“We went through a cycle of emotions. When the acquisition was announced, there was a tremendous sense of euphoria, success and great validation of what we had built as a company, but quickly after that, a bit of disillusionment as you realize that we’re part of a bigger company and there are a lot more people that we have to interface with and a lot of integration activity that takes place.”

As CEO, Reilly understood that how he steered employees through the first six months of change and uncertainty would be a critical in the company’s continued success and harmony within HP.

Show the value

Reilly was elated to have his company joining a multibillion-dollar corporation with vast technology assets and research teams that were incredibly advanced at understanding the latest cyber security threats and techniques. These resources would mean better security for customers and increased opportunities for his $181.4 million business.

“I’m in the cyber-security business,” he says. “So everything we do every day is to help our customers protect their brand, protect their customers and protect their operations from cyber attack. Being part of HP has allowed us to do it a lot more effectively.”

When people don’t know what to expect, they can become fearful of change and afraid to embrace it. While Reilly was aware of the many advantages of the acquisition for the company, he knew he also had to communicate that employees and customers to get their buy-in.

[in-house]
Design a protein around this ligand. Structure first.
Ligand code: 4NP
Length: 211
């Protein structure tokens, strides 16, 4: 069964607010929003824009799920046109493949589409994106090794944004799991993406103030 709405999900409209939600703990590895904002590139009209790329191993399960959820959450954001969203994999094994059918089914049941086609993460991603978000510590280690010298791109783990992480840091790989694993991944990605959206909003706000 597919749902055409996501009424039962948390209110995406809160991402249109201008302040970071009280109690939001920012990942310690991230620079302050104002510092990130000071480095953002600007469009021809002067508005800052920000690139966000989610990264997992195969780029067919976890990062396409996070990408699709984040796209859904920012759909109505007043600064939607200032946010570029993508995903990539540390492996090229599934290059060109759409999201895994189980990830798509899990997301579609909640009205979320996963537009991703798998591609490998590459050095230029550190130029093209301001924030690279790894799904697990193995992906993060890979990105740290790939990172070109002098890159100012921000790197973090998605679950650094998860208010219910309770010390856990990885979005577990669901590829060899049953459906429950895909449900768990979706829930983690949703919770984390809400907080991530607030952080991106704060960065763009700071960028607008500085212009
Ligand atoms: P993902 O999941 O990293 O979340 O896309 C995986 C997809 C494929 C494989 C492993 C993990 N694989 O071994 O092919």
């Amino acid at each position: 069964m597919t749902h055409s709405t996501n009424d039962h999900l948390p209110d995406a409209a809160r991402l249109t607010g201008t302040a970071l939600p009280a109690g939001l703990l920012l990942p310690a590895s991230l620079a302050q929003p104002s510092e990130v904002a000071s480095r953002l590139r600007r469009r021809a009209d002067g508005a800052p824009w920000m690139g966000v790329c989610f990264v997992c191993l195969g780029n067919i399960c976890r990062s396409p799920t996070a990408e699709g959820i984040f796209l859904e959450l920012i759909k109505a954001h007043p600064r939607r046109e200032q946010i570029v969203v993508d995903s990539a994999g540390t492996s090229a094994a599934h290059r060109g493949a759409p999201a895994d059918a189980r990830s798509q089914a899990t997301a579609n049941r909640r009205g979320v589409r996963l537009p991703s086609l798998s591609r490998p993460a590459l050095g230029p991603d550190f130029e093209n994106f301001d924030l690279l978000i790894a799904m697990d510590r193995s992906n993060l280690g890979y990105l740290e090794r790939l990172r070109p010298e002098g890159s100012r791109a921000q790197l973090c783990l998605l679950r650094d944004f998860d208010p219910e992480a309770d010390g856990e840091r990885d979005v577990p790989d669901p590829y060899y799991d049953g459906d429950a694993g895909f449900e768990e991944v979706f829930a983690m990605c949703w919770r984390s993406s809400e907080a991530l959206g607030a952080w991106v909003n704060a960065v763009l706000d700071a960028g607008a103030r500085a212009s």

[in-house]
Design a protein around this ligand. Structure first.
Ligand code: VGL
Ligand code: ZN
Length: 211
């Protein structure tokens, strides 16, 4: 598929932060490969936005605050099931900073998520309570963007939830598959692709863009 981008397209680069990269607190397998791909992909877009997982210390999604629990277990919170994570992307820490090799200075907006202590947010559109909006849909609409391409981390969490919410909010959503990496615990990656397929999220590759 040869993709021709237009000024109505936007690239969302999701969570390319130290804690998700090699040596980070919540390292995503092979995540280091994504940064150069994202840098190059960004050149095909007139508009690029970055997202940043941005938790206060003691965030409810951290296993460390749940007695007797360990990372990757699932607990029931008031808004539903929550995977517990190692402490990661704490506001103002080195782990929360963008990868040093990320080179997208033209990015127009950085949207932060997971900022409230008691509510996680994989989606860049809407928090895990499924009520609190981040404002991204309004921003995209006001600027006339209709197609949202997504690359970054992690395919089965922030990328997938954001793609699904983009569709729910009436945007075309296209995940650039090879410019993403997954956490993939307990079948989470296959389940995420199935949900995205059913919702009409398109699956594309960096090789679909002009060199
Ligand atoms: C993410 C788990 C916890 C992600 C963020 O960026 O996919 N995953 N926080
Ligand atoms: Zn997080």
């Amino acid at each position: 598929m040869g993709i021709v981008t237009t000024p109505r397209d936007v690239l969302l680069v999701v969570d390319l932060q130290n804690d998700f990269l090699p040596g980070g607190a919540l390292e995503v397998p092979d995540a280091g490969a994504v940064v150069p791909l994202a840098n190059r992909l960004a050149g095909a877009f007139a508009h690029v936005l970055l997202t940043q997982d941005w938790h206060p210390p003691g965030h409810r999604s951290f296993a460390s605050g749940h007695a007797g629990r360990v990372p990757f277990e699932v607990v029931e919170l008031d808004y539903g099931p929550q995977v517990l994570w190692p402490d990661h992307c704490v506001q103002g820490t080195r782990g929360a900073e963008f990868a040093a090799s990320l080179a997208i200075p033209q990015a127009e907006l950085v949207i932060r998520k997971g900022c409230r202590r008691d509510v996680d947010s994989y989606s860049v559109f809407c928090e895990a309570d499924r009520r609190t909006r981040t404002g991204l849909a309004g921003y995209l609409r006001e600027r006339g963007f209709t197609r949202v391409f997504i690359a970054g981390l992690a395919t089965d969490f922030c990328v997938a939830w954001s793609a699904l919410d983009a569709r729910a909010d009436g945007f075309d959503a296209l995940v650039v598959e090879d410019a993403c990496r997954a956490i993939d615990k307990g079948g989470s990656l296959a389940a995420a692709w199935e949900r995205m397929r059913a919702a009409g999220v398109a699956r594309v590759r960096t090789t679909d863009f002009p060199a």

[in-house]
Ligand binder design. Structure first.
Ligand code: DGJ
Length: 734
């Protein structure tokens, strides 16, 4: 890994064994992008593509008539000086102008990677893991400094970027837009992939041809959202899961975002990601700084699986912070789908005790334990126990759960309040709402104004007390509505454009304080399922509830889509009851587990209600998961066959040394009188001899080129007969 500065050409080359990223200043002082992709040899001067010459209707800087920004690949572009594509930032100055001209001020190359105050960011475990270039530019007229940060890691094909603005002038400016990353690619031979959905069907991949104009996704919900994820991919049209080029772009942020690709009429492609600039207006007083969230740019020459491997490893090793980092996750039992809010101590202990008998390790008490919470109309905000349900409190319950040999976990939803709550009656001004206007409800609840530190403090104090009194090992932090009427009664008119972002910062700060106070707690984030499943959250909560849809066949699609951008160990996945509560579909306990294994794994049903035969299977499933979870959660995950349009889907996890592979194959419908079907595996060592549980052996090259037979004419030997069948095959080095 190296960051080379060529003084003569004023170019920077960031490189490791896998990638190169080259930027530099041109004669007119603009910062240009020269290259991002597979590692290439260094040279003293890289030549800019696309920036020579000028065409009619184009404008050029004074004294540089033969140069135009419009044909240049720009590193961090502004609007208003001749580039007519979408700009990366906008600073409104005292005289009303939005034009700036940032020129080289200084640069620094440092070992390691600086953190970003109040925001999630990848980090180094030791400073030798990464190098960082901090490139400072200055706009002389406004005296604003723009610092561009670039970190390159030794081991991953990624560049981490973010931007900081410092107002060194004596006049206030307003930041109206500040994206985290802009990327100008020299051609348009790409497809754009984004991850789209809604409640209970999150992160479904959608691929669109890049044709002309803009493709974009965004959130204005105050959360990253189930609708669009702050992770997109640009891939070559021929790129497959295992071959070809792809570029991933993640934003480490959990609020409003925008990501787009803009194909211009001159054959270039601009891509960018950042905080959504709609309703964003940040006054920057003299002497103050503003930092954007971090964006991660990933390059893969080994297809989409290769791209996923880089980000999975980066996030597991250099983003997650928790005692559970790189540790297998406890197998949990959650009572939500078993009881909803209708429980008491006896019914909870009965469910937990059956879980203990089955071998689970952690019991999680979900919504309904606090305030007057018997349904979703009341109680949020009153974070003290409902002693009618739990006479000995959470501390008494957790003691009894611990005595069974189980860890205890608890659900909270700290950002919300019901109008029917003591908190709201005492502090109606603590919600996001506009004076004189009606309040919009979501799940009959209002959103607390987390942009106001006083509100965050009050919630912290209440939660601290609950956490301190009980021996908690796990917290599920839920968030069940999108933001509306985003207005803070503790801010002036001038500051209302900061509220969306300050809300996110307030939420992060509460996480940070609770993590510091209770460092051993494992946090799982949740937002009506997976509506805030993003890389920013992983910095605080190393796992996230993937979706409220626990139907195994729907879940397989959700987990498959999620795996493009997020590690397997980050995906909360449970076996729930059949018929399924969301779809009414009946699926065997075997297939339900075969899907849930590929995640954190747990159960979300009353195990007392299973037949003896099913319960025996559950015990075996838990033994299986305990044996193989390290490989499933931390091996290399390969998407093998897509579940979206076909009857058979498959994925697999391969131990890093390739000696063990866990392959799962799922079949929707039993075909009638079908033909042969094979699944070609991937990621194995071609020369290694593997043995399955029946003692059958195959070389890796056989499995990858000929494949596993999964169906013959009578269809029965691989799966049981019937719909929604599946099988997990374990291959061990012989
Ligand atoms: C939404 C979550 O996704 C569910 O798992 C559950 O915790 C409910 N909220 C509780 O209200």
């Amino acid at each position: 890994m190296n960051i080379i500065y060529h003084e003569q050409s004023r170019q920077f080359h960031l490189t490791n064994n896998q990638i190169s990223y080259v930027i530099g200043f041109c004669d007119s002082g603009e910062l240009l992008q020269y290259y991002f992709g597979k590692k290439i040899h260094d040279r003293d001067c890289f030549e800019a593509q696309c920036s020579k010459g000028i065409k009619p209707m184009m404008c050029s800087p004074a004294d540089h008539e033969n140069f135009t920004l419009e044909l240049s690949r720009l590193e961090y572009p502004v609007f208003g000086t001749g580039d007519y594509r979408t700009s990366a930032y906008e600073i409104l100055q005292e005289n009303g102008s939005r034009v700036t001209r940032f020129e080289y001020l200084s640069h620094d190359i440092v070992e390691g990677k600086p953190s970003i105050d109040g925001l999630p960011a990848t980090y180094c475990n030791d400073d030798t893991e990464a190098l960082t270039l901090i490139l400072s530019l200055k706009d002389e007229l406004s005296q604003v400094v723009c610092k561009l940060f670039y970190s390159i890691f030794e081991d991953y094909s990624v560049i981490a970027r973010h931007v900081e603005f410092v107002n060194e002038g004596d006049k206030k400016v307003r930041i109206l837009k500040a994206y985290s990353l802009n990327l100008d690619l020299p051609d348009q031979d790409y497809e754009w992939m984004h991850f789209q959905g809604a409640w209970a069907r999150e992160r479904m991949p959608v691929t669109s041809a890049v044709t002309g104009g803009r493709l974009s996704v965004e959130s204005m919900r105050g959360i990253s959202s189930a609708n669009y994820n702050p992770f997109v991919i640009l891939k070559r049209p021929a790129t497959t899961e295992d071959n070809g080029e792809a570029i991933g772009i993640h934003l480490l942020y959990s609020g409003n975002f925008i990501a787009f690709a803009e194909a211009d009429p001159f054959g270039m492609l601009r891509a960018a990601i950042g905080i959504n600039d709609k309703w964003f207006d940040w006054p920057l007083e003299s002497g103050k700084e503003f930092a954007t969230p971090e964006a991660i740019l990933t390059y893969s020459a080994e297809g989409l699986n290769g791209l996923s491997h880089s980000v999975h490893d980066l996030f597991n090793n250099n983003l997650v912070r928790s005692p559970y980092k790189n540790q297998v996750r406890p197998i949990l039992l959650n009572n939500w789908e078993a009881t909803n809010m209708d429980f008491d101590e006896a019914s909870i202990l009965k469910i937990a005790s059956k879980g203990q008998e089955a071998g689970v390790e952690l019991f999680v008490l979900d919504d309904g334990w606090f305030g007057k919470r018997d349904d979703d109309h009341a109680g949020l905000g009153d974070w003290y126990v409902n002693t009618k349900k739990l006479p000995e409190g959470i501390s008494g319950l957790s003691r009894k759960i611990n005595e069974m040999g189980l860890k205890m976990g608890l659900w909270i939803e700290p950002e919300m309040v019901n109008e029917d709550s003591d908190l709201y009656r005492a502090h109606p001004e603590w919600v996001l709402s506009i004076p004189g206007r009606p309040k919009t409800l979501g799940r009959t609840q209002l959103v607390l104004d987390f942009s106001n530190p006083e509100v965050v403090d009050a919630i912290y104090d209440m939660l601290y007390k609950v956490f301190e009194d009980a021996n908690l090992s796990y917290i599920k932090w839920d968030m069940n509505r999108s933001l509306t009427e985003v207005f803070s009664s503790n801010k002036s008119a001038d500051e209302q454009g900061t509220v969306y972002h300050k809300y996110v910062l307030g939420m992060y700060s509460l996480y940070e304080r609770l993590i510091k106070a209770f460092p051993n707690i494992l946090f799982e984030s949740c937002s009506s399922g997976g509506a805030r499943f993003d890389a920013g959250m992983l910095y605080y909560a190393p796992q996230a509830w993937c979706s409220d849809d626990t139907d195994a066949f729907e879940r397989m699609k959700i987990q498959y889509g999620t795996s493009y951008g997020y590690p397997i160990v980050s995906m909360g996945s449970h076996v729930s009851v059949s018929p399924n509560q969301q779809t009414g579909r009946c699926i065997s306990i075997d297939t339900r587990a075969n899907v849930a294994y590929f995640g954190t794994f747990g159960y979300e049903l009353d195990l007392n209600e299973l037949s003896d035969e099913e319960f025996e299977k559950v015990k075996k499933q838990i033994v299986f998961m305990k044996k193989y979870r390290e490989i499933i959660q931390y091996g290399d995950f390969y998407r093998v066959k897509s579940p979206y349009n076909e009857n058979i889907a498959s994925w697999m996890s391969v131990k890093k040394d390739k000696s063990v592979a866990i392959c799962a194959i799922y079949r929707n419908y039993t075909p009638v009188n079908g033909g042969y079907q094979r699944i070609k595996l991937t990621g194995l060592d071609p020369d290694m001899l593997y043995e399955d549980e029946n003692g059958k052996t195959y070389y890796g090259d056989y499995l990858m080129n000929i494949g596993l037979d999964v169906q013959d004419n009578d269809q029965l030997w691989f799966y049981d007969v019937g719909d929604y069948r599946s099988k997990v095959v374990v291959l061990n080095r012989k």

So on day one of the announcement, Reilly made sure he explained in detail how the move would accelerate the company’s vision and mission by improving security for customers, advancing research and providing more tools for employees, greater facilities, better test labs and so on.

“One of the first things I had to do with my customers and with my employees when it was announced that HP was acquiring ArcSight was explain why is this was a good thing,” he says.

“What we did is a lot of communication, first on why we felt that our business, our customers and our employees would be better served as part of a larger company. We continually came back to our long-term vision of what our capabilities were and how being part of a larger company could actually help us accelerate that vision.”

By setting a clear vision upfront, you can fend off uncertainty that can make people uncomfortable or insecure about embracing change. Once people saw that falling under the ownership of an established company like HP would be a positive move for the business, their uncertainty turned into excitement and eagerness.